July 25, 2018
By Arianne Robinson
Former ticket cop Kyle Ashley registered to run for city councillor of Ward 27 on Wednesday.
Reached by phone, Ashley described how he felt after submitting his nomination papers.
“[It was] nerve-wracking, but I’m proud that I’m doing it, and I’m proud of the support that I’ve got from the community,” said Ashley, a resident of Etobicoke’s Ward 6.
“It felt right because the democratic process only succeeds if people put their name forward for different options.”
Ashley, a former parking enforcement officer with Toronto police, was known as an advocate for cyclists and bike lanes. He used social media to discuss and document infractions and areas he thought should be improved, and even made a public deputation at city hall about the Bloor Street bike lanes.
“After that, I think that supervisors in the city thought that I was becoming a bit too political, and that’s sort of where we are now.”
Ashley describes his path to politics as a kind of serendipitous happening. “I never chose politics – politics chose me.
“These issues [related to road safety] – I never went out seeking notoriety or attention. I really was just trying to do my job on the road as an officer with the Toronto police, trying to make everyone safe.
“The more and more I was doing the job, I felt I could no longer be propping up a system that was failing the citizens of this city. And seeing the cries from the public – and the fact I had voice and agency to act on their concerns – it’s directed my passion and my purpose.”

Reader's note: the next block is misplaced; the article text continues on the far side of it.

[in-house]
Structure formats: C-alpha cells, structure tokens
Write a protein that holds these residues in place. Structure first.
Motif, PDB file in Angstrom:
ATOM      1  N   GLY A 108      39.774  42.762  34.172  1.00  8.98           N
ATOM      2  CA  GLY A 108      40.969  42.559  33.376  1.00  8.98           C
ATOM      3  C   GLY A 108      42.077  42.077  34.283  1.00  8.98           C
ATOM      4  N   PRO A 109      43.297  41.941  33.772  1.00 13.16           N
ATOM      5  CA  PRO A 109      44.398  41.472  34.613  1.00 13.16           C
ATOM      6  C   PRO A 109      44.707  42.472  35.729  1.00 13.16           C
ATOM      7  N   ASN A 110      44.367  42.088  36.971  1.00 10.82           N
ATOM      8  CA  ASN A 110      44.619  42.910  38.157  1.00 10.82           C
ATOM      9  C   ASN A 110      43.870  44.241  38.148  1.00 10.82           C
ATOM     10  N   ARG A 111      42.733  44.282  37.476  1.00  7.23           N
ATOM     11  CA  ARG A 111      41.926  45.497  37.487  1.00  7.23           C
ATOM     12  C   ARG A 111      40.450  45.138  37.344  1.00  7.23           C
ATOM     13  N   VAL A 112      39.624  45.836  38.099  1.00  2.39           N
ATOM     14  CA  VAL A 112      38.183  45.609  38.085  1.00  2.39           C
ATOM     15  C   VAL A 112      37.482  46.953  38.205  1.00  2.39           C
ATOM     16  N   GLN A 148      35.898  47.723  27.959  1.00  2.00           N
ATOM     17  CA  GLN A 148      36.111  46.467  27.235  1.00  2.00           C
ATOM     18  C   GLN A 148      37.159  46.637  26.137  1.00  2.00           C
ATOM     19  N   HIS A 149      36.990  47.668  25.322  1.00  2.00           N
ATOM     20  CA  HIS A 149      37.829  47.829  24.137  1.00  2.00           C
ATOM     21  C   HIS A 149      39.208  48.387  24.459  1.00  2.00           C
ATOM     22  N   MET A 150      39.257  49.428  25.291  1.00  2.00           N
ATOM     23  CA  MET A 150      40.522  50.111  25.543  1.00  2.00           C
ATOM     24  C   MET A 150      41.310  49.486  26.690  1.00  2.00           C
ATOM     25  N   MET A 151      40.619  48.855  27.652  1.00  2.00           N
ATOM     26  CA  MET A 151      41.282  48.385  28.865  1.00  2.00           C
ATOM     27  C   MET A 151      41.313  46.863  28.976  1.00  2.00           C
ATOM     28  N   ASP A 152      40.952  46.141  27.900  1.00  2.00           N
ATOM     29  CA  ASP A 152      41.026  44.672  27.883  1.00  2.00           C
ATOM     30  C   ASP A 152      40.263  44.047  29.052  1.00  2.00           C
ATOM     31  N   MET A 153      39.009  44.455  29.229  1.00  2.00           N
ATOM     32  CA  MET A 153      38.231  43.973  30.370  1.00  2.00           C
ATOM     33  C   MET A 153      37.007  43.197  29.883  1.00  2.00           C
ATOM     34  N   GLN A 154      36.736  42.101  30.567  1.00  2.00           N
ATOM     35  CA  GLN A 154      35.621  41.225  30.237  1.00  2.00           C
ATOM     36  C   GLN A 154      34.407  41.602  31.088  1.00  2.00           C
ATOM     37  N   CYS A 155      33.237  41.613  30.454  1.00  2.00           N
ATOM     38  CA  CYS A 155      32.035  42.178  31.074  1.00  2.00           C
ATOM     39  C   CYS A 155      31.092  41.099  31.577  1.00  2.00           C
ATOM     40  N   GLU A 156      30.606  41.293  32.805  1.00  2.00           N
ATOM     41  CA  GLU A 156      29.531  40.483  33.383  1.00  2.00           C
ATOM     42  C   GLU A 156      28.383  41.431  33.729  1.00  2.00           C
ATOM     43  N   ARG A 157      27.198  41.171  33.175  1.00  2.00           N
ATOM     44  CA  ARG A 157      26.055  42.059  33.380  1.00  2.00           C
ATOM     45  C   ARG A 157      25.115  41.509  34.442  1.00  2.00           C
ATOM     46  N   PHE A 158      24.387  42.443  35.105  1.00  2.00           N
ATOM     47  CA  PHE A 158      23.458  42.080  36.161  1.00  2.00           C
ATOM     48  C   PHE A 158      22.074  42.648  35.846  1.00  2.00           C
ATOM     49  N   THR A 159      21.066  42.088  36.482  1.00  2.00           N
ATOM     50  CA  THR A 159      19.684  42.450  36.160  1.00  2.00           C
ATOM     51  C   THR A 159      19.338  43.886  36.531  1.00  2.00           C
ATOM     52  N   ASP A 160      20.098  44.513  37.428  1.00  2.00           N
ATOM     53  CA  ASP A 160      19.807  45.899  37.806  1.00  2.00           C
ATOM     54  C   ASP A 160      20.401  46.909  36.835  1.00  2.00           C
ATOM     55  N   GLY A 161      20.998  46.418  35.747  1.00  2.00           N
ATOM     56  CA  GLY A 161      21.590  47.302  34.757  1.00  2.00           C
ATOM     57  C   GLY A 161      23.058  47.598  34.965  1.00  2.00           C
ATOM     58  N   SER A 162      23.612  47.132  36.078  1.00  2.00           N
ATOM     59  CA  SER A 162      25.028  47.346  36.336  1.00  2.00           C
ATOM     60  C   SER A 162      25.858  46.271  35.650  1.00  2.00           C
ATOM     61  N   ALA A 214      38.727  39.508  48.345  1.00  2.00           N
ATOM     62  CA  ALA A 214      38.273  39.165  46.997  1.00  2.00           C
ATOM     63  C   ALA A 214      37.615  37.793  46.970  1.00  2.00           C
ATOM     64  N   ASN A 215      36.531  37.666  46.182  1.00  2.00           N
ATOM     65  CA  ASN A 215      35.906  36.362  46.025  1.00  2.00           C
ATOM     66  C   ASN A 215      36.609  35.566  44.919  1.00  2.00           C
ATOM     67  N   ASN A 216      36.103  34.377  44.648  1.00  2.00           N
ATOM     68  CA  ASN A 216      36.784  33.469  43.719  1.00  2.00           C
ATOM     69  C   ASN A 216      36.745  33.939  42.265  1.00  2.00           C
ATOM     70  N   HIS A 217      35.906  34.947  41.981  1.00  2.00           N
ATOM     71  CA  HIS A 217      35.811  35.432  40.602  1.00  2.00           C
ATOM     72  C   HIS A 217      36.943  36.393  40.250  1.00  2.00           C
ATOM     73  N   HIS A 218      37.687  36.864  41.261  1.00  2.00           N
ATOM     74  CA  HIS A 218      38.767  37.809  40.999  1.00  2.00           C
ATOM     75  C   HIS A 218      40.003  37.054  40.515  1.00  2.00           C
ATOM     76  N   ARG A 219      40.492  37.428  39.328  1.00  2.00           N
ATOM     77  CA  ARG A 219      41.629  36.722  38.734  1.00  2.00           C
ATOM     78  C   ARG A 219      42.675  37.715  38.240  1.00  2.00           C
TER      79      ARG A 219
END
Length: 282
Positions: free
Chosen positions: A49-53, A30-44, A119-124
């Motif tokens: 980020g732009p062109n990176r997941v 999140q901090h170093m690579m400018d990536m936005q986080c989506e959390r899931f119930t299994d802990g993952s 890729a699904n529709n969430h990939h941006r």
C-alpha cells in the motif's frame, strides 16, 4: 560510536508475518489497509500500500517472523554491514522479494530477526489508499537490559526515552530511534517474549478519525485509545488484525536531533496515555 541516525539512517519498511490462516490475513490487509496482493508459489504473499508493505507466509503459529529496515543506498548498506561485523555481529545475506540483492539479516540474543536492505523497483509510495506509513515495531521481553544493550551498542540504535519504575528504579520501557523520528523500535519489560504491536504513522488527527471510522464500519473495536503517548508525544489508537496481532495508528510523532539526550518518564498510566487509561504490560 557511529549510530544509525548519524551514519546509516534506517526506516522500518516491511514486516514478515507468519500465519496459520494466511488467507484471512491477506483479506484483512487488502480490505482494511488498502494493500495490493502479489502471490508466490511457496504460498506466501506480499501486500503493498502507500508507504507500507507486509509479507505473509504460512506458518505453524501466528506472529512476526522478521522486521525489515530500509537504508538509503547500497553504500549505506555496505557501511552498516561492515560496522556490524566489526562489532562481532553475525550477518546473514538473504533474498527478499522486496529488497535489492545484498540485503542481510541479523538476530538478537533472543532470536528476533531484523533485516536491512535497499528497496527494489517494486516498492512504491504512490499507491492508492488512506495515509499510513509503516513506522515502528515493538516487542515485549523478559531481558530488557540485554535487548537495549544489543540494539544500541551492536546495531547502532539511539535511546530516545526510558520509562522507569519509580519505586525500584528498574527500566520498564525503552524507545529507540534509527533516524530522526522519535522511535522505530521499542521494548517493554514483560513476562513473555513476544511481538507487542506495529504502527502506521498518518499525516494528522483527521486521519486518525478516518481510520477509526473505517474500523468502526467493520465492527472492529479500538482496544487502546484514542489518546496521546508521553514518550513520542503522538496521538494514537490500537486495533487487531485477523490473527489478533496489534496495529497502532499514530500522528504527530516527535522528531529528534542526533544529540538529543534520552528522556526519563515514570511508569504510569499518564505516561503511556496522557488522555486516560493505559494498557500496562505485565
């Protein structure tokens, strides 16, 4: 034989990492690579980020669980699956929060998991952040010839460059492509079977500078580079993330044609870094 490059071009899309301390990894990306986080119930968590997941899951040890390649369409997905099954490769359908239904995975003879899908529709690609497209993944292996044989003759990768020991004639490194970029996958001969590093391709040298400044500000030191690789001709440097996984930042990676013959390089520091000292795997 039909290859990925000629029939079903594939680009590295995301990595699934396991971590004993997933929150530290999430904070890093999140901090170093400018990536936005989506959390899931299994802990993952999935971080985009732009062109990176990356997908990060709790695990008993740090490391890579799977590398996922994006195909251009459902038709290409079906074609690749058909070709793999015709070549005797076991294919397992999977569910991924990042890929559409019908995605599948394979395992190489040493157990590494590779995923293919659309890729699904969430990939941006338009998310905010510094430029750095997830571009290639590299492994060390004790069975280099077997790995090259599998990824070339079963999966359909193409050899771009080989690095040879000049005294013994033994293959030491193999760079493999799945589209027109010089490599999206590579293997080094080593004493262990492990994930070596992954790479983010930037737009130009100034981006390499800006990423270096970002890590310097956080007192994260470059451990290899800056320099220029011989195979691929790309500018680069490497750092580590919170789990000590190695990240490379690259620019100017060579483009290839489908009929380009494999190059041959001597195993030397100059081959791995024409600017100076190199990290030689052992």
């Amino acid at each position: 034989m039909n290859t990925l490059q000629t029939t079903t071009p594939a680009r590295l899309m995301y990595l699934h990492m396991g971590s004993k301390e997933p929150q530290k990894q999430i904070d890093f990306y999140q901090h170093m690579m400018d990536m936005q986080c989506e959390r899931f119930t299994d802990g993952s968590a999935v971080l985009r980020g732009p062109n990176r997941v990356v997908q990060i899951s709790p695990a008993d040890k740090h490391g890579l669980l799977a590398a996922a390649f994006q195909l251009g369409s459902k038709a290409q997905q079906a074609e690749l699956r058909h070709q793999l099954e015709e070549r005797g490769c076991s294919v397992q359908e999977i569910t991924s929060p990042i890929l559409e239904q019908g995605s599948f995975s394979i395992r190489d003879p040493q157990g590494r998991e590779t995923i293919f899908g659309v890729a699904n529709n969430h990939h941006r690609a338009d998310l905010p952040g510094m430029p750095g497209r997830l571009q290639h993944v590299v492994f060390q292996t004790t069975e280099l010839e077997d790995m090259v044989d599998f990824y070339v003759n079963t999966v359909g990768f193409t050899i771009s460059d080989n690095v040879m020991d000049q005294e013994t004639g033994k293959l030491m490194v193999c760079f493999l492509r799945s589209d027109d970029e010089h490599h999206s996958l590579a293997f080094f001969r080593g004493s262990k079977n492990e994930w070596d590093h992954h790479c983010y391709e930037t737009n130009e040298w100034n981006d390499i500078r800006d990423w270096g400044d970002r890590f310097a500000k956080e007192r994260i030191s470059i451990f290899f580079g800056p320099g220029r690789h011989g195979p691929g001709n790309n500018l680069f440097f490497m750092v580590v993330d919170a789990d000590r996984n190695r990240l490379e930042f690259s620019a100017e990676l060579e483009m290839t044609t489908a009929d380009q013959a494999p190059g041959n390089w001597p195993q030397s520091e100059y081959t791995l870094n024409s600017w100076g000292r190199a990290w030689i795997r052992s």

Ashley says he’s not “bogged down by relationships or party affiliations,” framing it as an asset.
“I actually do not have political experience, but I don’t believe that’s actually hindering … I’ve spent the past five years of my life working for the Toronto police [as] a public servant. This seems like the logical next step for me to continue that servant leadership.”
Ashley said he’s familiar with the ward, having patrolled it by foot, bike and car.
Local issues that are important to Ashley include: safe streets and neighbourhoods (infrastructure and crime), traffic and transit (Ashley notes “people drive out in Ward 27, people commute out in Ward 27”), better social services and equitable opportunities for all, as well as housing affordability.
“My partner and I have tried to buy a house in the ward and we’ve not been successful because we’ve been priced out of the market.”
The new Ward 27 is home to some of Toronto’s most well-heeled – and is known for its elegant and enormous houses found in the Lawrence Park and Bridle Path neighbourhoods. It is boundaried by Yonge Street, Highway 401, Leslie Street, Sunnybrook Park, Bayview Avenue, and Eglinton Avenue East.
Councillor Jaye Robinson is currently the councillor for the old Ward 25.